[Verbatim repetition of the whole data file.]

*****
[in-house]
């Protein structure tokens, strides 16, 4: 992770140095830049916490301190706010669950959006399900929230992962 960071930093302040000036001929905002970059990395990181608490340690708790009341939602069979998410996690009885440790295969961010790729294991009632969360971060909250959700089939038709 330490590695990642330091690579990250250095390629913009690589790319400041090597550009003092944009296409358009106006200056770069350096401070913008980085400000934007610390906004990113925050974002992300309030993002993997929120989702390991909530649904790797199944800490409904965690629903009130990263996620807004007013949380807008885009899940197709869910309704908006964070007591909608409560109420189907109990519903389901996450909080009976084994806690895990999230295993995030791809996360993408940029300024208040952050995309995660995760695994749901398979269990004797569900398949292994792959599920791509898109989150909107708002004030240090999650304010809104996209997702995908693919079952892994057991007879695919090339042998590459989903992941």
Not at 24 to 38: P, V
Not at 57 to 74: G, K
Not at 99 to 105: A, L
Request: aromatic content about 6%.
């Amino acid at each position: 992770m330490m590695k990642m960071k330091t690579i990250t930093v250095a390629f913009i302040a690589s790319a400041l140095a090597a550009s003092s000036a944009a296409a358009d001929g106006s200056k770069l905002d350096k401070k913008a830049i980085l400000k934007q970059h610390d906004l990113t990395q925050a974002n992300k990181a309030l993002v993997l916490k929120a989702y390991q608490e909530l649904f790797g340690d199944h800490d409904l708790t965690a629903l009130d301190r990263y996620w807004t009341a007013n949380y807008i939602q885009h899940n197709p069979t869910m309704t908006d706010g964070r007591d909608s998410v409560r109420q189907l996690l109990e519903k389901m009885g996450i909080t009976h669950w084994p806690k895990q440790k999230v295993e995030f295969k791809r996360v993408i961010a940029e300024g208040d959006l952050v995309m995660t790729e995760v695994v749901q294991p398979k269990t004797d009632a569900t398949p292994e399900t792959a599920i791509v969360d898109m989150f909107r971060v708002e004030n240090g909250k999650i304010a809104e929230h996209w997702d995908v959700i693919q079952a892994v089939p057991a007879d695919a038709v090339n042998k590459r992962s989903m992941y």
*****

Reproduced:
[in-house]
């Protein structure tokens, strides 16, 4: 992770140095830049916490301190706010669950959006399900929230992962 960071930093302040000036001929905002970059990395990181608490340690708790009341939602069979998410996690009885440790295969961010790729294991009632969360971060909250959700089939038709 330490590695990642330091690579990250250095390629913009690589790319400041090597550009003092944009296409358009106006200056770069350096401070913008980085400000934007610390906004990113925050974002992300309030993002993997929120989702390991909530649904790797199944800490409904965690629903009130990263996620807004007013949380807008885009899940197709869910309704908006964070007591909608409560109420189907109990519903389901996450909080009976084994806690895990999230295993995030791809996360993408940029300024208040952050995309995660995760695994749901398979269990004797569900398949292994792959599920791509898109989150909107708002004030240090999650304010809104996209997702995908693919079952892994057991007879695919090339042998590459989903992941």
Not at 24 to 38: P, V
Not at 57 to 74: G, K
Not at 99 to 105: A, L
Request: aromatic content about 6%.
């Amino acid at each position: 992770m330490m590695k990642m960071k330091t690579i990250t930093v250095a390629f913009i302040a690589s790319a400041l140095a090597a550009s003092s000036a944009a296409a358009d001929g106006s200056k770069l905002d350096k401070k913008a830049i980085l400000k934007q970059h610390d906004l990113t990395q925050a974002n992300k990181a309030l993002v993997l916490k929120a989702y390991q608490e909530l649904f790797g340690d199944h800490d409904l708790t965690a629903l009130d301190r990263y996620w807004t009341a007013n949380y807008i939602q885009h899940n197709p069979t869910m309704t908006d706010g964070r007591d909608s998410v409560r109420q189907l996690l109990e519903k389901m009885g996450i909080t009976h669950w084994p806690k895990q440790k999230v295993e995030f295969k791809r996360v993408i961010a940029e300024g208040d959006l952050v995309m995660t790729e995760v695994v749901q294991p398979k269990t004797d009632a569900t398949p292994e399900t792959a599920i791509v969360d898109m989150f909107r971060v708002e004030n240090g909250k999650i304010a809104e929230h996209w997702d995908v959700i693919q079952a892994v089939p057991a007879d695919a038709v090339n042998k590459r992962s989903m992941y």